This course will engage a wide variety of “media” including film, documentaries, web-based digital videos, and visits from an Ojibwe and Cherokee storyteller. These works will be examined from the perspective of cinema studies, literature, history, and anthropology.
We will begin by tracing the historical origins of pervasive stereotypes that continue to haunt Hollywood films. The class will, however, move far beyond such negative images to detailed discussions of how Native Americans have taken over the means of production to give radically new meanings to the phrase “Native American Films.” The Ojibwe and Cherokee storytellers, for example, will discuss on-going projects in partnership with Penn to utilize digital technology to retell tribal histories from a Native American perspective.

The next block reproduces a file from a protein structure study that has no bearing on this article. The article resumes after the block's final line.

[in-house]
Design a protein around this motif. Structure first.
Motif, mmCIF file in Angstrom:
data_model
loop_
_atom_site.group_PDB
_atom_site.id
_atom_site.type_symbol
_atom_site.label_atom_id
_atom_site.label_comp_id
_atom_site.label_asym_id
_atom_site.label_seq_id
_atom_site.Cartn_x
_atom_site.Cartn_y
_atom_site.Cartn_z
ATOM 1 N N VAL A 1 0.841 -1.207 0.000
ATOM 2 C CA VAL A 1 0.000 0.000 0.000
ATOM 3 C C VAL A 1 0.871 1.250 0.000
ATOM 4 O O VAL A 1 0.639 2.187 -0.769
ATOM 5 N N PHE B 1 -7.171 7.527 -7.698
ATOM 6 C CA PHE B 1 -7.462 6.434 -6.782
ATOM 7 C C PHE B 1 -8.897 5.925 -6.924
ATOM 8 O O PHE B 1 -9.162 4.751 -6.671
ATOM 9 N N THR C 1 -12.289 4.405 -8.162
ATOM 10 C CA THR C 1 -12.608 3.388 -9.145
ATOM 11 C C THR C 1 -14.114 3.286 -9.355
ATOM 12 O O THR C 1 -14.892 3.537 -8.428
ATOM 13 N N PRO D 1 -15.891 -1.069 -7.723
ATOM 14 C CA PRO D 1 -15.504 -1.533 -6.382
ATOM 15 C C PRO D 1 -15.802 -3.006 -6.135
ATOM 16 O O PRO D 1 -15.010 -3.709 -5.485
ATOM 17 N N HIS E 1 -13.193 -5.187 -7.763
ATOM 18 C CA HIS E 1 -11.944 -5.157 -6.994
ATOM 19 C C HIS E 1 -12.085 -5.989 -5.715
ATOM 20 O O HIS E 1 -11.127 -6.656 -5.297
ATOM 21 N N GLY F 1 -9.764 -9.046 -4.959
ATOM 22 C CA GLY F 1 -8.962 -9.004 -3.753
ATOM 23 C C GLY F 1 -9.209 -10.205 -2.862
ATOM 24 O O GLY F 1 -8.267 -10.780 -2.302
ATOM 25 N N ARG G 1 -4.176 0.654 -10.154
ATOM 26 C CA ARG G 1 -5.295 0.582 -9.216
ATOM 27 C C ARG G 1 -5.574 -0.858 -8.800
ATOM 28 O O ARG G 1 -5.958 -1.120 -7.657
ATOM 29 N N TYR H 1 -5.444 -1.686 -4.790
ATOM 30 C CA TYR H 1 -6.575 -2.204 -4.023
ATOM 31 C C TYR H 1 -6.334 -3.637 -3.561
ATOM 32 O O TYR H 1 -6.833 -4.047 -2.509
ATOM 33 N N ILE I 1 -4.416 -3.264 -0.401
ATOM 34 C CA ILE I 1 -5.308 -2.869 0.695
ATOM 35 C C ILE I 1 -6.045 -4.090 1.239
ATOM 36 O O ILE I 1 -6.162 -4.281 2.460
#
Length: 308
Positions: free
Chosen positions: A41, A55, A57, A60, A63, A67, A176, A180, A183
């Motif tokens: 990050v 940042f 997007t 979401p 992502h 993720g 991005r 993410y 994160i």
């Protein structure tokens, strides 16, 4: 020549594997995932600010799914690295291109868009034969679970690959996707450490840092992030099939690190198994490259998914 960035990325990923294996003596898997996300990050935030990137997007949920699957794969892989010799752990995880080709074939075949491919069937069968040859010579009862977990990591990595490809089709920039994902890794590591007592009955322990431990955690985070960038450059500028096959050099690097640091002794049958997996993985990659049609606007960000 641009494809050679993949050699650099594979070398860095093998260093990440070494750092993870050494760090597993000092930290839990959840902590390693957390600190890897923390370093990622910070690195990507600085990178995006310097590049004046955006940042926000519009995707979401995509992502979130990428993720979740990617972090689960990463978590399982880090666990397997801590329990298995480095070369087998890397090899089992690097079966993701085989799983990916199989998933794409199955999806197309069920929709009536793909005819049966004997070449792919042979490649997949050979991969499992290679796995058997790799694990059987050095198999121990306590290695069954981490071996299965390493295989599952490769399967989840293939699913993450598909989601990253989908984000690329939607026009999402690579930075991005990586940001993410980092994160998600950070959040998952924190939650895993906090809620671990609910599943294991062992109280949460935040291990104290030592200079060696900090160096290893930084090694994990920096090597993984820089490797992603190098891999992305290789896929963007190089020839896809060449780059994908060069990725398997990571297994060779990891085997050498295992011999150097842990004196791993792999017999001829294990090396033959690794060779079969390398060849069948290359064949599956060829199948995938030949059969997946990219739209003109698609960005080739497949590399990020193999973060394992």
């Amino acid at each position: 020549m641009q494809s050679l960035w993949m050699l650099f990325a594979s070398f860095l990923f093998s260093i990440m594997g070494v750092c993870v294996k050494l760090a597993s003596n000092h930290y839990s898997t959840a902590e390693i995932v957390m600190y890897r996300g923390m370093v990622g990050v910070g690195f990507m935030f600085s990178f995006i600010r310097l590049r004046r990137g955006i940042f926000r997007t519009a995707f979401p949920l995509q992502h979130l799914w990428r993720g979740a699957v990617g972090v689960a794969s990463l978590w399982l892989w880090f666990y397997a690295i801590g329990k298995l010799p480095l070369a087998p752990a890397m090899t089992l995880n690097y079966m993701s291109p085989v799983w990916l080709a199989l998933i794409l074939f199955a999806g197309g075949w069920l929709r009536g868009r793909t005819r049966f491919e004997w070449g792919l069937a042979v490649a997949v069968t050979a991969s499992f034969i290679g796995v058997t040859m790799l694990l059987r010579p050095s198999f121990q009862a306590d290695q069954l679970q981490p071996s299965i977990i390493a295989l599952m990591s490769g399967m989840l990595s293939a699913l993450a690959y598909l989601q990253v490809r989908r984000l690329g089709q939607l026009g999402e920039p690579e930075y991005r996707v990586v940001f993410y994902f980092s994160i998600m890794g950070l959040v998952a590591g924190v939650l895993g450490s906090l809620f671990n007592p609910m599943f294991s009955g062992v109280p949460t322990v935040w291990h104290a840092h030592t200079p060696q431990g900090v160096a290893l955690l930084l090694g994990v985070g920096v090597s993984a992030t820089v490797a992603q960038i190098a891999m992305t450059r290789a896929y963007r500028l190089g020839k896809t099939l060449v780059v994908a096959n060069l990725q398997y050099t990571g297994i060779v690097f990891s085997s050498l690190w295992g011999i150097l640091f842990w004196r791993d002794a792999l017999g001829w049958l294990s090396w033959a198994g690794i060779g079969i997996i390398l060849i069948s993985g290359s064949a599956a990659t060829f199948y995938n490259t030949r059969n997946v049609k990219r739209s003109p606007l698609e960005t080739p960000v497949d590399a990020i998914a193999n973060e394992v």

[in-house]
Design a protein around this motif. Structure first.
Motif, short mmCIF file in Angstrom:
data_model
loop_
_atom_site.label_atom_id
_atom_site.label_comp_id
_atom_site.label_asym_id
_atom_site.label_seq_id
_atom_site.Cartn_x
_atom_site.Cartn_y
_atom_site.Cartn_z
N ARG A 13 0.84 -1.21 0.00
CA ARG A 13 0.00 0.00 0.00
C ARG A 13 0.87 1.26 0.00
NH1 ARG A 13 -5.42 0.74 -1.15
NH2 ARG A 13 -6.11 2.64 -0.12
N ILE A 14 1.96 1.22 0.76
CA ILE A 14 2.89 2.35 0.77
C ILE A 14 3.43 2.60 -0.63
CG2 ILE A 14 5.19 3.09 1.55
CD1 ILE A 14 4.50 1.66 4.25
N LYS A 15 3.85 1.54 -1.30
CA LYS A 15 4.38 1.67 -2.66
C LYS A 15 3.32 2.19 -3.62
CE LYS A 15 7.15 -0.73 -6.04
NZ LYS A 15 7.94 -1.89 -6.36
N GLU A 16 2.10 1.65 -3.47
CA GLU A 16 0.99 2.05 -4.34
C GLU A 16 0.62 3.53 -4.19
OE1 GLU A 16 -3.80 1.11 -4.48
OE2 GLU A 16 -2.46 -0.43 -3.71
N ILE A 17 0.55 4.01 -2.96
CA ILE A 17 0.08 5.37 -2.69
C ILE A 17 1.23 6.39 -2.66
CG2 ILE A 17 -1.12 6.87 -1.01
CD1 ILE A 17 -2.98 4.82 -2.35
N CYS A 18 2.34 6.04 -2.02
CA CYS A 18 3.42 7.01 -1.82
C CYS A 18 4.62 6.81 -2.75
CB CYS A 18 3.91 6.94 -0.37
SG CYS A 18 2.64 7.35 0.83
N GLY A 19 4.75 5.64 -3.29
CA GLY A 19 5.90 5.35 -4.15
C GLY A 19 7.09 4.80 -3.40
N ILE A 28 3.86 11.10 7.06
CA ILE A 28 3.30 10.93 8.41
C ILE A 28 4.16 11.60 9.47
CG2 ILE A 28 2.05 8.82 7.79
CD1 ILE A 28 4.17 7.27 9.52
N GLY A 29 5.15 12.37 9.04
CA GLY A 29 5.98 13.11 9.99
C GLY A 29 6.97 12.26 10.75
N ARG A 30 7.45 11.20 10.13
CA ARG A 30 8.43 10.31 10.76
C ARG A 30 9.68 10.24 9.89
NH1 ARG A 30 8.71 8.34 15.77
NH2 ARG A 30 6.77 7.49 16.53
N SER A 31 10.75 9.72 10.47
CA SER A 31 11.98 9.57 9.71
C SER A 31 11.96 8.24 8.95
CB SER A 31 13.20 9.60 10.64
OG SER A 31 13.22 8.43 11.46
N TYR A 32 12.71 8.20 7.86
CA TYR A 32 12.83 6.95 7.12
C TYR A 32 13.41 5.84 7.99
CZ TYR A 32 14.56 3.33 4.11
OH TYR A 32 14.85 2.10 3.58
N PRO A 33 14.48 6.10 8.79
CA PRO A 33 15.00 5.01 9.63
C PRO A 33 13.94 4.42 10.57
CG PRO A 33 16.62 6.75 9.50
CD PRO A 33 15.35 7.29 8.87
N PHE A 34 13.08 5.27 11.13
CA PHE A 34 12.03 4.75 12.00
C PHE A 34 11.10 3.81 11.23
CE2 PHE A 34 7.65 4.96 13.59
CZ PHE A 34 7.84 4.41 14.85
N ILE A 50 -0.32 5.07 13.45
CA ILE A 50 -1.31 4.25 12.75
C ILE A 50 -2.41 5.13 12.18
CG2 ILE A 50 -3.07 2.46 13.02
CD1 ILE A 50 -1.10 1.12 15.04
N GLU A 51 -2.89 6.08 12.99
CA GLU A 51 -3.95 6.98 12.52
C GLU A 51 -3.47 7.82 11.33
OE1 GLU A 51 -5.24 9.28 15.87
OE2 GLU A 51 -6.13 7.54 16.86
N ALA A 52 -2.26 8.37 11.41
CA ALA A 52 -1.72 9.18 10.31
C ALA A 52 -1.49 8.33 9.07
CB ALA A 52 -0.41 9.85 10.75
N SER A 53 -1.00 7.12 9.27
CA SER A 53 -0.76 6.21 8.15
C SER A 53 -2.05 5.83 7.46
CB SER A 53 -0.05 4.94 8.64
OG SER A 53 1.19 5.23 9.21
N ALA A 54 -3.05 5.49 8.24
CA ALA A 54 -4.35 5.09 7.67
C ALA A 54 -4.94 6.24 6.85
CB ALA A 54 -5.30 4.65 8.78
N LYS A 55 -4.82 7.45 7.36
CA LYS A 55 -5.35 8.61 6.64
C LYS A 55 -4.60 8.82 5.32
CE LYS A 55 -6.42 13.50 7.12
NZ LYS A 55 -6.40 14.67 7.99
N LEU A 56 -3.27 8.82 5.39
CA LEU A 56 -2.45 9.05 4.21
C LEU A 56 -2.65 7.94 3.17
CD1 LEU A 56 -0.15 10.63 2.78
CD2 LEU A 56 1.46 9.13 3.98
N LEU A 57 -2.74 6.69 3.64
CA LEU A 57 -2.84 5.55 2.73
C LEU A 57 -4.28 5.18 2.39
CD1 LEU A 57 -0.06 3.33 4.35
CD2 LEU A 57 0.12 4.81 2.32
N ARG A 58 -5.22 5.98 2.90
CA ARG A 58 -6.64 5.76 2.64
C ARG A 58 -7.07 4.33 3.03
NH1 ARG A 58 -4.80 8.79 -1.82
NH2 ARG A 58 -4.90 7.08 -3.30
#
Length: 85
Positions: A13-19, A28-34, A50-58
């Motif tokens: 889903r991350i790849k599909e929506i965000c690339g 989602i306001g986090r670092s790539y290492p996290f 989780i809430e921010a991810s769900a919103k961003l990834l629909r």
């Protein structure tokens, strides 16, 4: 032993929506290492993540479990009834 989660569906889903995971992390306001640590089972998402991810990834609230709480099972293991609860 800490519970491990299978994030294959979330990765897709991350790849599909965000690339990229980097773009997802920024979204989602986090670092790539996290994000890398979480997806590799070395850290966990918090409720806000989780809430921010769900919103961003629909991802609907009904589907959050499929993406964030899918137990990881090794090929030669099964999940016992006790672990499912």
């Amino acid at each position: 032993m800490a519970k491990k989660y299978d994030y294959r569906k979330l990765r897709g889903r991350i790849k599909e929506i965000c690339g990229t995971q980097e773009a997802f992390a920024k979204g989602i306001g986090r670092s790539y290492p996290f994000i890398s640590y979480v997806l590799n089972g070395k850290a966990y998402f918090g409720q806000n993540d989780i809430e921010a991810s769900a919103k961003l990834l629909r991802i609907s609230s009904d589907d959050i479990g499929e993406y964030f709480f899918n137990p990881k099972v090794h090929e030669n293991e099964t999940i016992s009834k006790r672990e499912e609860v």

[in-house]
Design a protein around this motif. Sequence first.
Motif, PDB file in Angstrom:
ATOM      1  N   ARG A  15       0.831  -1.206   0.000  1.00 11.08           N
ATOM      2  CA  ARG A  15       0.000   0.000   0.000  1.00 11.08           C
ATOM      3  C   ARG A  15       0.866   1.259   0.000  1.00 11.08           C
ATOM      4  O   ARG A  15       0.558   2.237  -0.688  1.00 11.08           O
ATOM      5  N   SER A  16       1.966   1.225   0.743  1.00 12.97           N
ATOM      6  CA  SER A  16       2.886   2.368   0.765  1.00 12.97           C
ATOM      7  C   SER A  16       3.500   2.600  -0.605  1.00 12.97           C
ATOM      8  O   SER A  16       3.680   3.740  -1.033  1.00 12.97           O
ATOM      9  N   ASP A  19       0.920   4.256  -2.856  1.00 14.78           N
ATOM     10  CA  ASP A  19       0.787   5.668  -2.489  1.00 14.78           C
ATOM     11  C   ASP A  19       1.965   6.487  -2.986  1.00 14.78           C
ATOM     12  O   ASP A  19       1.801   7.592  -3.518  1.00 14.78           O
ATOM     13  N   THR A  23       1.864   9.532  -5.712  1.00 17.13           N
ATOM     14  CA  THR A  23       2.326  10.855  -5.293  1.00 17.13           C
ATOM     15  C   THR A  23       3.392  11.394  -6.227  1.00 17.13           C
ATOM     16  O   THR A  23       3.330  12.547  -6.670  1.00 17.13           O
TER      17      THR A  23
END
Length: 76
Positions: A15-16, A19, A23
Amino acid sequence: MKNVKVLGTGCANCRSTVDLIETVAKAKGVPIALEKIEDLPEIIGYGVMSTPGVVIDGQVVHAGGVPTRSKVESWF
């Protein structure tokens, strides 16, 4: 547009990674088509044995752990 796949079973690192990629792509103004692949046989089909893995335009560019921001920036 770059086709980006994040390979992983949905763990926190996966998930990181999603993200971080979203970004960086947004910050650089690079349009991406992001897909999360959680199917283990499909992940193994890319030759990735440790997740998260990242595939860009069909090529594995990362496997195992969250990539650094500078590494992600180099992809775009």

Films will cover a wide range of history from the silent film The Vanishing American (1925) to notable westerns like John Ford’s Stagecoach (1939). The modern turn to a more sympathetic treatment of Native American culture will be shown in Little Big Man (1970). The next stage of development, wherein Native actors and directors gained a greater degree of creative control, will be examined in films like Powwow Highway (1989) and Smoke Signals (1998). The incorporation of indigenous storytelling techniques and its international scope will be exhibited in Fast Runner (2002) and Whale Rider (2003). Native American documentaries and web-based projects will conclude the semester, with the work of Penn students and of Digital Partnerships with Native American Communities being featured.
Students will be asked to write one 5 page paper and two 7-10 page papers. Creativity will be strongly encouraged, such that “papers” may include multi-media web-based presentations, screenplays or analytical essays.